Sarah Palin is Not a Feminist

Not to dismiss Shakespeare, but in some cases what’s in a name really does matter. Former Alaska governor Sarah Palin is pushing the boundaries of what it can possibly mean to be a feminist by boldly dropping the f-bomb in a speech to the Susan B. Anthony List, a PAC that supports anti-choice congressional candidates. According to Palin, and some surprising supporters, she has every right to consider herself a feminist–all she has to do is call herself one. Is that all it takes? Can anyone be a feminist, no matter their political agenda?

Granted, there has always been disagreement among feminists on certain issues. I’m thinking here about some of the Great Debates, discussions that still come up with regularity in my women’s studies classroom. These conversations center on issues like prostitution, pornography, religion–or maybe if feminists can wear makeup and high heels. On these issues, it seems to me, most feminists have agreed to continue talking–or have agreed to disagree. These are issues of personal interest and, for the most part, rest on personal values. But on other issues, there is no room for dissent. When it comes to taking away other women’s freedoms, other women’s rights, there is no room for debate. And let there be no doubt, Palin and company are all about making women’s choices for them.

In her speech, Palin focused on her own experiences–first finding out in 2007 that the child she was carrying had Down syndrome, later becoming the mother of a pregnant teen–as touch points in her stance against abortion rights. Because for Palin, her personal experiences are universally applicable. Never mind that she has resources (race, class, education, income) unavailable to many, if not most, American women.

That’s the problem with Palin and those like her who would take away abortion rights. They can’t see that the choices they have made are not necessarily options for someone else. Additionally, they can’t see that no one is asking them to make different choices, only asking that others be allowed to make their own decisions of conscience. When it comes down to it, that is what feminism is about–leaving everything on the table and respecting people enough to make informed choices for themselves.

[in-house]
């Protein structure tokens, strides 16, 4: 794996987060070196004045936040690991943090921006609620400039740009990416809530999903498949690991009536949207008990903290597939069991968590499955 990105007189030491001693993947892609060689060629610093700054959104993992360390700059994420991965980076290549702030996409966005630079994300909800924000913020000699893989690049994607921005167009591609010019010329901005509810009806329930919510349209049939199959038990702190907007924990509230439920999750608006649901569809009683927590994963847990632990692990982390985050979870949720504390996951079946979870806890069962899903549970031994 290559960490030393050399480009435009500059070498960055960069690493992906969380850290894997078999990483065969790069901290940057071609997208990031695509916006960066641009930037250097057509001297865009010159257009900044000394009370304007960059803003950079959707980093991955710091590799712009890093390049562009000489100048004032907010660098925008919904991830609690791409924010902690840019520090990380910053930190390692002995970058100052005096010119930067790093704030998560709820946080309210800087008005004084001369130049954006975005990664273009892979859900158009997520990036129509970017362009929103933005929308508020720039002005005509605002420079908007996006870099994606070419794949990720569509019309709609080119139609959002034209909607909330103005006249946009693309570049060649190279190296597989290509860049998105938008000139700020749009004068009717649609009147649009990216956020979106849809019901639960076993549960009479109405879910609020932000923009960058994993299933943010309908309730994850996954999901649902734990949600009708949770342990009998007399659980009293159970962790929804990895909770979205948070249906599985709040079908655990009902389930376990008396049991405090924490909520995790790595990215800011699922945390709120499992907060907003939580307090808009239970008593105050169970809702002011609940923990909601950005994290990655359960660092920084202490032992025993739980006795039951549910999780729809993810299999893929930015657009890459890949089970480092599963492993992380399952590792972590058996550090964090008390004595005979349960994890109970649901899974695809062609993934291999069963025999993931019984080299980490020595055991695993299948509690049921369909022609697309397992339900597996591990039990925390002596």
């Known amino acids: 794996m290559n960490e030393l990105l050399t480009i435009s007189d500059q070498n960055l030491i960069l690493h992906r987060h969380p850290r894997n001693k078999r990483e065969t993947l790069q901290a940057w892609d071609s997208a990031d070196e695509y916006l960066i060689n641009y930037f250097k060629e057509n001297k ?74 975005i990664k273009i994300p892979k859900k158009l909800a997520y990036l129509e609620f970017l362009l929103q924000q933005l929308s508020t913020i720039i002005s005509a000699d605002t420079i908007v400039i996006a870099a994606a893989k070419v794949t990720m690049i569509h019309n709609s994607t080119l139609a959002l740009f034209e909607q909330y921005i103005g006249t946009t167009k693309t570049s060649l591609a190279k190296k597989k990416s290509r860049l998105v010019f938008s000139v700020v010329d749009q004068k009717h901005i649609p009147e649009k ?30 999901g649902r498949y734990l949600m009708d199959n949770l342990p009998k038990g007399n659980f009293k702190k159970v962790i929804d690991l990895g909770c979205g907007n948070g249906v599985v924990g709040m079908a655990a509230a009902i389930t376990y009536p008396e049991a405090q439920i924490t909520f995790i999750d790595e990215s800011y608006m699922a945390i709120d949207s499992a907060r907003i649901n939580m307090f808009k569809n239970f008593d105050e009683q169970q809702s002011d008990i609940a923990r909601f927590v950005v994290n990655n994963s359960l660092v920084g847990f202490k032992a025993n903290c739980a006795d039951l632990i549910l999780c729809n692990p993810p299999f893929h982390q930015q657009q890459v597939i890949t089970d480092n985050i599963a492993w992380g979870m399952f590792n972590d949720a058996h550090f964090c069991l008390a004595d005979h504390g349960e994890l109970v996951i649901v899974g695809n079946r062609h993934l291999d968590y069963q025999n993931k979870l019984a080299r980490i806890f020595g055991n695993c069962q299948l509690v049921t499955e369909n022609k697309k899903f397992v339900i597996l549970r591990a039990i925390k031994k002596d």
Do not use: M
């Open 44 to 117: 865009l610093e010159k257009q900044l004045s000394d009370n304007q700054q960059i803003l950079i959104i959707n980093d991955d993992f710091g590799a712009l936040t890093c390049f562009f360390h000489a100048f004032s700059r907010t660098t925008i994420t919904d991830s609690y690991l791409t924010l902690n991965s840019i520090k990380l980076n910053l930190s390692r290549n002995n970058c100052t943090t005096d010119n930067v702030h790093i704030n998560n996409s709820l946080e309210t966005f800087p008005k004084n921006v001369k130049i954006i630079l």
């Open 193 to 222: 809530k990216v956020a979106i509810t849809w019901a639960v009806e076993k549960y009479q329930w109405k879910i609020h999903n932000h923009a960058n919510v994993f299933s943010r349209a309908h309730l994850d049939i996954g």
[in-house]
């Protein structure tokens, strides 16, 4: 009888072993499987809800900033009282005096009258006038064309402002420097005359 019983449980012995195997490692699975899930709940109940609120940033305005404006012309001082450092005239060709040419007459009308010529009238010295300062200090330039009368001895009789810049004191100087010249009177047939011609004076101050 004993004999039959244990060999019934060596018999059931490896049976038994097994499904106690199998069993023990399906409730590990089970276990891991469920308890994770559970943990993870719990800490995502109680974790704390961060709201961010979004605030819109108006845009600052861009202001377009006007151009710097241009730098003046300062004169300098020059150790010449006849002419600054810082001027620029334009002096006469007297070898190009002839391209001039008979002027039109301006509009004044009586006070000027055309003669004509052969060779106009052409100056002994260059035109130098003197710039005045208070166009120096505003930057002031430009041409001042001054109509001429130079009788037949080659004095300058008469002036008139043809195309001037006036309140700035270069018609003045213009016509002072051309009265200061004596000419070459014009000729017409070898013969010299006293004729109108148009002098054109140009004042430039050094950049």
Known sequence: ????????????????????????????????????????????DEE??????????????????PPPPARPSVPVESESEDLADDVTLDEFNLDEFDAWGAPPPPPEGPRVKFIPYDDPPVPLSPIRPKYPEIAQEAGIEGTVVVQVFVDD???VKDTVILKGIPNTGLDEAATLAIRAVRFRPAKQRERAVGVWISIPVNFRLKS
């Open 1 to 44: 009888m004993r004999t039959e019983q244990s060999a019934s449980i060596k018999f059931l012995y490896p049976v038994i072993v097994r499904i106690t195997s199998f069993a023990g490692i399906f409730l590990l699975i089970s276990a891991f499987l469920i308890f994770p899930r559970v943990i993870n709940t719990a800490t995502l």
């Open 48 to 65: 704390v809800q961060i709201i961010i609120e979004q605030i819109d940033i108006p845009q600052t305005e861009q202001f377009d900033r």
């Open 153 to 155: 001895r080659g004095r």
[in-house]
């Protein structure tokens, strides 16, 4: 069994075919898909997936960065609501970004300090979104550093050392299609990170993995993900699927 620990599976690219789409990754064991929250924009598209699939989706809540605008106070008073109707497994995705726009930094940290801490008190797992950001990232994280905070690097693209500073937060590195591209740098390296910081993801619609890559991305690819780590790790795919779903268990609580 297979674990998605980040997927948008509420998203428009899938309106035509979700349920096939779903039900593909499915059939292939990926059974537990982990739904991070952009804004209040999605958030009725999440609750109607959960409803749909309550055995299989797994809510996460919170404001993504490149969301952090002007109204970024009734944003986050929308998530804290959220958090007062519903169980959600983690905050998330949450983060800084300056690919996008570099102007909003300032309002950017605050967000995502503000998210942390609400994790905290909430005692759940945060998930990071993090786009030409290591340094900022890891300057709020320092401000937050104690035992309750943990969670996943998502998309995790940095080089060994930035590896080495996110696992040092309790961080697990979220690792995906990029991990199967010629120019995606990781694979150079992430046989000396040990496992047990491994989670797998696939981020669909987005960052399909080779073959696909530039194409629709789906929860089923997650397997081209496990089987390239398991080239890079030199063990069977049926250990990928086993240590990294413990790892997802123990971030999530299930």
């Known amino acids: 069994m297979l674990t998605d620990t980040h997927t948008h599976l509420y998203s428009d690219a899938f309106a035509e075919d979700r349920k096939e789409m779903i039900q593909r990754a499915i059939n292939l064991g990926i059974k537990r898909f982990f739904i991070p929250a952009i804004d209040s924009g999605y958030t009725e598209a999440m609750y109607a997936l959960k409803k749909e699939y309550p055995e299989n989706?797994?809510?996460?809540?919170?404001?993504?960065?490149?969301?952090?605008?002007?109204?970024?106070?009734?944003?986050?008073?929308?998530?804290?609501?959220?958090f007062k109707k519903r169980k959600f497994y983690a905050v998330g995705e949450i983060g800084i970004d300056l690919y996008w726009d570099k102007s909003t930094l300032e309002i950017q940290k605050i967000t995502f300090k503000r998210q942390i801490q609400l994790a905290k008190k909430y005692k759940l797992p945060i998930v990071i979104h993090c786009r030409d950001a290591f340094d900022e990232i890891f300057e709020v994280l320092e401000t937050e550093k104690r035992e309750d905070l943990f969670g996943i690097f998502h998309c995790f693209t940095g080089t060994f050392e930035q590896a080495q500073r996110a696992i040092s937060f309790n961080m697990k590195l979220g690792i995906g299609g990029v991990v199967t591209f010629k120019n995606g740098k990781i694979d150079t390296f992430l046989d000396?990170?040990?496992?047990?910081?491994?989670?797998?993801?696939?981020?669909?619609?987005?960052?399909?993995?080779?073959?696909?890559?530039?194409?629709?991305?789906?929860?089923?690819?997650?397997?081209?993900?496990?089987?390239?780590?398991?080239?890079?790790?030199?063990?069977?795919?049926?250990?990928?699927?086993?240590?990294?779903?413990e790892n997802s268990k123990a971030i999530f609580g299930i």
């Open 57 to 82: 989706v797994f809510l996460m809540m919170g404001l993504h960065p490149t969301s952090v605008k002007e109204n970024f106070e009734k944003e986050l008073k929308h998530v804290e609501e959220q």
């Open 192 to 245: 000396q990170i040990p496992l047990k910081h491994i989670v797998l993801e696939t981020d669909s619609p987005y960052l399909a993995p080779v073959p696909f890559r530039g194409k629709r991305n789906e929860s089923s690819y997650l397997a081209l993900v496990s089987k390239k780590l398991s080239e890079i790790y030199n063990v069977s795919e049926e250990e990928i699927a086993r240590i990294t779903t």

But some feminists are giving Palin a pass in spite of her anti-choice stance. Los Angeles Times columnist Meghan Daum writes that if Palin “has the guts to call herself a feminist, then she’s entitled to be accepted as one.” That’s it. That’s the criteria. Daum defends her claim with the suggestion that more liberal feminists have dropped the ball, noting that many young women are more likely to adhere to feminist ideals without going so far as to call themselves feminists. Daum suggests that those who align themselves with a more traditional, liberal feminism have only themselves to blame for the current situation: “I’m not surprised Palin has seen fit to seize this dying nomenclature and rehabilitate it to meet her needs.”

That’s just wrong. A movement isn’t built on numbers, it’s built on values. And Palin’s “needs” are garnering votes for a political party that is at odds with the best interests of women.

Jessica Valenti responded to Palin, and those like Daum who support her claim to feminism in a recent Washington Post column, offering a definition of feminism that addresses what they seem to missing, or misunderstanding. Valenti writes, “Feminism is a social justice movement with values and goals that benefit women. It’s a structural analysis of a world that oppresses women, an ideology based on the notion that patriarchy exists and that it needs to end.”

By that, and any other reasonable definition, conservative politicians, particularly those who would deny women reproductive choice, can’t just find the “guts” to call themselves feminists and make it so. Sarah Palin is not a feminist. Feminism isn’t something one can merely claim. It is something one has to earn by virtue of one’s actions, and Palin has done nothing to earn the title.

Image above from Creative Commons; attribution–share alike 3.0 unported.


Carmen Siering, Ph.D., a visiting professor in the Department of Gender Studies at Indiana University, is a researcher and writer interested in the ways pop culture influences our understanding of gender, race, age, place, and class.